Eastern Europe, an untapped market with potential for luxury brands


Oliver Petcu | August 27, 2009

Oliver Petcu, managing partner of CPP Management Consultants Ltd, outlines the markets in Eastern Europe that remain the most attractive for luxury brands and explains how past emphasis on Central European and Russian markets has overexposed brands to recent volatility there.

Oliver Petcu, managing partner of CPP Management Consultants Ltd, outlines the markets in Eastern Europe that remain the most attractive for luxury brands and explains how past emphasis on Central European and Russian markets has overexposed brands to recent volatility there.

For many years, luxury brands have ignored the potential of many Eastern European markets, focusing instead on Russia and Central Europe which have both proved to be extremely volatile during the current crisis. Major luxury brands have entered Prague and Budapest one after the other since both cities showed strong potential prior to the beginning of the crisis in mid 2008. Louis Vuitton, Cartier, Hermes and Dior are just some of the top brands that decided to open directly operated stores in Prague. The trend then continued in Budapest, with Louis Vuitton, Gucci and Burberry opening their own stores.

CPP Management Consultants Ltd, the sole Central and Eastern European consultancy specialized in luxury, warned as early as November 2006 that luxury brands in both the Czech Republic and Hungary would end up catering to foreign travellers, especially from Asia (South Korea, China and Japan), rather than local nationals. Foreign travellers have grown to represent over 60% of sales of luxury brands in these markets while locals represent less than 30%. This ratio caused vulnerability for both markets once foreign tourism numbers dropped. First, it occurred during the SARS virus outbreak, and then during the current economic crisis, which has had the most dramatic effect on luxury markets in Prague and Budapest, with sales falling by over 25% in all luxury industry sectors. The most affected sectors are hospitality, with average occupancy rates having halved in the two capitals. Luxury hotel chains rushed to open properties in both capitals and now are facing critical conditions because of this.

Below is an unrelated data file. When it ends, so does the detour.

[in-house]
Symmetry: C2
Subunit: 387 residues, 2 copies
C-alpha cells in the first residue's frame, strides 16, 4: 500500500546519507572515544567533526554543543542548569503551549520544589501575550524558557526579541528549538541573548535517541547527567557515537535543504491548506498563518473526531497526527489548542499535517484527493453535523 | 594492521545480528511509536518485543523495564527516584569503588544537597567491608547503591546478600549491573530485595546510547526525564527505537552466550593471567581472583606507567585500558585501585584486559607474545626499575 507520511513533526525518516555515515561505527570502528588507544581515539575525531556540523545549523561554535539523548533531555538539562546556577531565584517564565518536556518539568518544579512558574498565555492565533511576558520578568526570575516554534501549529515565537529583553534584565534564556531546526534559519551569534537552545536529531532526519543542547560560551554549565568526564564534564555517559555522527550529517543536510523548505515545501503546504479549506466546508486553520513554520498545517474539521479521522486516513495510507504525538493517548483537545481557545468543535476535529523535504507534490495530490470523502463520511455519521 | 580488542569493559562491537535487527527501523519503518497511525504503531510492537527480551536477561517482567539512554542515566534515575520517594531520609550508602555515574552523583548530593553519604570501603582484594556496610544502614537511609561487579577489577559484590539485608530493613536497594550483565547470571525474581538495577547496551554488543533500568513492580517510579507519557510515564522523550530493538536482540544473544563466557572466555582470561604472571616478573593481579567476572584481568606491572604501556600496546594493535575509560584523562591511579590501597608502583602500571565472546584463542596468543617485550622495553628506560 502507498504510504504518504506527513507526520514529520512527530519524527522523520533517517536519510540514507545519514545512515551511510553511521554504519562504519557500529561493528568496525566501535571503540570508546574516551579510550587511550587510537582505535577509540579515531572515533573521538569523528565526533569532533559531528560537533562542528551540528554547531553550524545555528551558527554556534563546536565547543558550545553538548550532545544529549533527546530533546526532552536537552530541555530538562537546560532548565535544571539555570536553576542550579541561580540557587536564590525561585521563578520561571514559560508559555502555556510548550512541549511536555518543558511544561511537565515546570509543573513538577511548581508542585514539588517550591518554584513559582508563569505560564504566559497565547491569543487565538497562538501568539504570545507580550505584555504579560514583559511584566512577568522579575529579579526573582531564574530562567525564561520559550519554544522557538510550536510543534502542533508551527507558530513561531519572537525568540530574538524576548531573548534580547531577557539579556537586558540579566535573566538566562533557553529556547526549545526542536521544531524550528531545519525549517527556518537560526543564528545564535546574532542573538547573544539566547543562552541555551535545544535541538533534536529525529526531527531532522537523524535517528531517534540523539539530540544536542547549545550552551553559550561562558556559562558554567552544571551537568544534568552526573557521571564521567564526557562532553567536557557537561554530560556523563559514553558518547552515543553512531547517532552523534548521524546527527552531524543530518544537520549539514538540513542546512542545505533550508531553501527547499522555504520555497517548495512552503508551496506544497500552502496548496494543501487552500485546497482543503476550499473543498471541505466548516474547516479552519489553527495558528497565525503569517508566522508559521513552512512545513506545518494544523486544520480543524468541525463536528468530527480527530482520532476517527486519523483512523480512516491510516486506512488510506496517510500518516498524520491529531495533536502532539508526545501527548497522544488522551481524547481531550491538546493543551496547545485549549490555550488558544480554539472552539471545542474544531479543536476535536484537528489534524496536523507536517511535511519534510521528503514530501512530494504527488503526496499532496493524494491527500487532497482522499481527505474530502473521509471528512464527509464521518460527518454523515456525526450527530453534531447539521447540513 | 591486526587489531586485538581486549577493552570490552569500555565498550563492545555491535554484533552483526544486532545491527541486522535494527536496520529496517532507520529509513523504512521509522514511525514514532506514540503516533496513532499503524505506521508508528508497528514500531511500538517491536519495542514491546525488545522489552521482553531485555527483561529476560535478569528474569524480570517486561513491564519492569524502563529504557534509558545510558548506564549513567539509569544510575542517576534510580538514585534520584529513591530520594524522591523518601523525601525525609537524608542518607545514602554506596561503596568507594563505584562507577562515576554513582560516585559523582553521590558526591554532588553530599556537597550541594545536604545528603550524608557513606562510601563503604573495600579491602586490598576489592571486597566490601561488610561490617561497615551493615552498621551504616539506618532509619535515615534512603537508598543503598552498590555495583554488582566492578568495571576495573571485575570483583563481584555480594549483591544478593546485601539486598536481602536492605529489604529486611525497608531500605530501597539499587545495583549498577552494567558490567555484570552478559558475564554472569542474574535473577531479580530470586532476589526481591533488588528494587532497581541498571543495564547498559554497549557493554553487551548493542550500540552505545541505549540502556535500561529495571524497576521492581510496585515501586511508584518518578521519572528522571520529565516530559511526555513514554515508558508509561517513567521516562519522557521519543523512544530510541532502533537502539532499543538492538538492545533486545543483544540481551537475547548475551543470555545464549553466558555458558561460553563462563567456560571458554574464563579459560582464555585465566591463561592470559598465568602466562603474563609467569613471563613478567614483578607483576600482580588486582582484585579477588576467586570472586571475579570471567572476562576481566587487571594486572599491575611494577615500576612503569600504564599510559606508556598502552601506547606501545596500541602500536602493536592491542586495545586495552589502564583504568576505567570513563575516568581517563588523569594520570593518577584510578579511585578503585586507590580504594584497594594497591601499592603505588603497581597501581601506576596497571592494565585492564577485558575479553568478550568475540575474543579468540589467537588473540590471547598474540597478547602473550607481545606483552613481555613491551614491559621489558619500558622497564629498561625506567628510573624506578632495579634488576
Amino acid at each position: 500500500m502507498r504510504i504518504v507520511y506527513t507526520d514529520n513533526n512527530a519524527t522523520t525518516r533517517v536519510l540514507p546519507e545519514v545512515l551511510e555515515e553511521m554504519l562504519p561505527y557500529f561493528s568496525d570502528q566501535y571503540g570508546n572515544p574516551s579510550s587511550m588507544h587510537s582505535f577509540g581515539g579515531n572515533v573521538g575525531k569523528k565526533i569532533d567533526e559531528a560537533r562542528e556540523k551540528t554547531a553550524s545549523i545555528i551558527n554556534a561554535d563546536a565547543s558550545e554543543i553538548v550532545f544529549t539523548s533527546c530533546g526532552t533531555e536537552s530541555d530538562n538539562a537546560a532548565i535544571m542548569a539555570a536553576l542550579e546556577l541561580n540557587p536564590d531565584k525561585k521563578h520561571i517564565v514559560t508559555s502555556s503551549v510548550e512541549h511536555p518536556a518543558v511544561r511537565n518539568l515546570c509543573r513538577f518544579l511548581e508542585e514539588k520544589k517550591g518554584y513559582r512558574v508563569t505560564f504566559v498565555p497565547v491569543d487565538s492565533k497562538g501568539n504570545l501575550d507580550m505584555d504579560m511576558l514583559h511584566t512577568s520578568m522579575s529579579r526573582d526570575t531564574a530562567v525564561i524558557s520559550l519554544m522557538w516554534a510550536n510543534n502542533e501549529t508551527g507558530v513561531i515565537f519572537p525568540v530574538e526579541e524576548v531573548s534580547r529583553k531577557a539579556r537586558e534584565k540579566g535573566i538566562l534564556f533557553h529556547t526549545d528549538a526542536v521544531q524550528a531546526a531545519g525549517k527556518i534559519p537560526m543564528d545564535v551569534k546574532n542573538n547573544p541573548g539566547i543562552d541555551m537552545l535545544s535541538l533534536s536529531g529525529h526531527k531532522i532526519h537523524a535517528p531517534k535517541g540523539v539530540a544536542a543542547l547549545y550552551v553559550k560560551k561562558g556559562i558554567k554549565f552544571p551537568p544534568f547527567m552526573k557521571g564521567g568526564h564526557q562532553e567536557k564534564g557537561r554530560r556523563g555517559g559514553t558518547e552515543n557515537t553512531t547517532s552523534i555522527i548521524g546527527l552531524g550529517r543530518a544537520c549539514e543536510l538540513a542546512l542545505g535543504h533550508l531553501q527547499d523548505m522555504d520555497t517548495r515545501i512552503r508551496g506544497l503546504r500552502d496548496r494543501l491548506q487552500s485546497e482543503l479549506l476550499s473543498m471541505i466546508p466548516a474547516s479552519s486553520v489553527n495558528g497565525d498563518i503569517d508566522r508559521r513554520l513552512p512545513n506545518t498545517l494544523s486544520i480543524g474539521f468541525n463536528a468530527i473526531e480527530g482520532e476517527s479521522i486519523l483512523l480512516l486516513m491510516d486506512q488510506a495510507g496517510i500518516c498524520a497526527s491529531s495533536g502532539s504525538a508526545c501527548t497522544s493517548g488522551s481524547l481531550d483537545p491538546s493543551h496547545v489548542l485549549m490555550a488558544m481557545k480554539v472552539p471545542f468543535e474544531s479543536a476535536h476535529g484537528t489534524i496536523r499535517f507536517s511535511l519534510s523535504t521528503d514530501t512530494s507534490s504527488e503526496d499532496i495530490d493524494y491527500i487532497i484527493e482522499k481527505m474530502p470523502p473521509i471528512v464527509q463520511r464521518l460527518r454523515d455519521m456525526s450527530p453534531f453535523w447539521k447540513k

CPP’s in-depth analysis has shown that throughout the past five years, the Central and Eastern European markets are in fact divided in two distinct regions. On the one hand, Hungary, the Czech Republic, Poland, Croatia and Slovenia demonstrate that the majority of wealthy consumers there have comparatively low affinity and demand for luxury brands. On the other hand, the stronger luxury markets are Romania, Bulgaria, Serbia, Montenegro and Ukraine and have a very strong affinity for luxury brands among their wealthy consumers.

Sales in the strong luxury markets are driven by local consumption of over 70% while tourism represents a minority percentage. There is also an important difference between the two areas. The strong luxury markets show a very high demand for luxury branded products and services to the extent that consumers in Romania, Bulgaria, Serbia or Ukraine would even take up loans or credit to purchase luxury products or sacrifice living in a smaller residence in order to own the latest luxury car or watch. Social status is the most important kindler of luxury consumption in these markets and that is why top international labels are among the highest in demand.

During the 2006-2007 international economic boom, most of the top international luxury brands’ lack of interest in these markets was motivated by these countries not yet being members of the E.U. During this time, consumers from all these countries used to make their luxury purchases abroad, especially in Milan, Paris and Munich. The EU integration of Romania and Bulgaria came in January 2007 and suddenly most luxury brands became interested in these markets. However, the timing for expansion couldn’t have been worst, especially due to the sky high and ever increasing rates for real estate which made mono-brand franchised stores unfeasible under those conditions. That is why, for instance, Louis Vuitton compromised by choosing a hotel gallery in Bucharest at a significant distance from the centre and which is today almost empty.